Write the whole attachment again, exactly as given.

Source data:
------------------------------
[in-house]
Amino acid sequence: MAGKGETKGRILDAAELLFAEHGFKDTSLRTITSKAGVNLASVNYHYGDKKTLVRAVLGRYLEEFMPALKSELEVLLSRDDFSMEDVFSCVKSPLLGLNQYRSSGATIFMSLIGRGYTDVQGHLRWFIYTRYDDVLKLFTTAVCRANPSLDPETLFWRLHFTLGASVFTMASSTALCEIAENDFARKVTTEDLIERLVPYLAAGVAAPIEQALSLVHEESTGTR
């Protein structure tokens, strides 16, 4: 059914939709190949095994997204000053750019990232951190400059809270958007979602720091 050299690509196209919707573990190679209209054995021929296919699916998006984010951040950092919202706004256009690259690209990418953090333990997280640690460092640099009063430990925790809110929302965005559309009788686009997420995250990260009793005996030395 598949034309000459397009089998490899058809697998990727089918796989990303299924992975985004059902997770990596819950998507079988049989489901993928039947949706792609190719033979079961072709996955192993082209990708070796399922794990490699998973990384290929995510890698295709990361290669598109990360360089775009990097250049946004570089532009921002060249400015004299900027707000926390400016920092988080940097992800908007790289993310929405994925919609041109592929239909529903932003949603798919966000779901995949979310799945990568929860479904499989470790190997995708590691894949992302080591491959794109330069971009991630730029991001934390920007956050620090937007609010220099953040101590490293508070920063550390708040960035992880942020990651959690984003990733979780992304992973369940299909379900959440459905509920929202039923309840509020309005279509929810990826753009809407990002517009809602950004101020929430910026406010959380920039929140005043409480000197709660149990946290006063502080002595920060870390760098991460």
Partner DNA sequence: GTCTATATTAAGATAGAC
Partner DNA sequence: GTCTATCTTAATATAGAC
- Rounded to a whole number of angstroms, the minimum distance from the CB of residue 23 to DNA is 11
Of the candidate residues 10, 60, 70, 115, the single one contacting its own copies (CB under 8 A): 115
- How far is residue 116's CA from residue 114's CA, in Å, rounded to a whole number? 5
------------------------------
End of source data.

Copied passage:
[in-house]
Amino acid sequence: MAGKGETKGRILDAAELLFAEHGFKDTSLRTITSKAGVNLASVNYHYGDKKTLVRAVLGRYLEEFMPALKSELEVLLSRDDFSMEDVFSCVKSPLLGLNQYRSSGATIFMSLIGRGYTDVQGHLRWFIYTRYDDVLKLFTTAVCRANPSLDPETLFWRLHFTLGASVFTMASSTALCEIAENDFARKVTTEDLIERLVPYLAAGVAAPIEQALSLVHEESTGTR
């Protein structure tokens, strides 16, 4: 059914939709190949095994997204000053750019990232951190400059809270958007979602720091 050299690509196209919707573990190679209209054995021929296919699916998006984010951040950092919202706004256009690259690209990418953090333990997280640690460092640099009063430990925790809110929302965005559309009788686009997420995250990260009793005996030395 598949034309000459397009089998490899058809697998990727089918796989990303299924992975985004059902997770990596819950998507079988049989489901993928039947949706792609190719033979079961072709996955192993082209990708070796399922794990490699998973990384290929995510890698295709990361290669598109990360360089775009990097250049946004570089532009921002060249400015004299900027707000926390400016920092988080940097992800908007790289993310929405994925919609041109592929239909529903932003949603798919966000779901995949979310799945990568929860479904499989470790190997995708590691894949992302080591491959794109330069971009991630730029991001934390920007956050620090937007609010220099953040101590490293508070920063550390708040960035992880942020990651959690984003990733979780992304992973369940299909379900959440459905509920929202039923309840509020309005279509929810990826753009809407990002517009809602950004101020929430910026406010959380920039929140005043409480000197709660149990946290006063502080002595920060870390760098991460």
Partner DNA sequence: GTCTATATTAAGATAGAC
Partner DNA sequence: GTCTATCTTAATATAGAC
- Rounded to a whole number of angstroms, the minimum distance from the CB of residue 23 to DNA is 11
Of the candidate residues 10, 60, 70, 115, the single one contacting its own copies (CB under 8 A): 115
- How far is residue 116's CA from residue 114's CA, in Å, rounded to a whole number? 5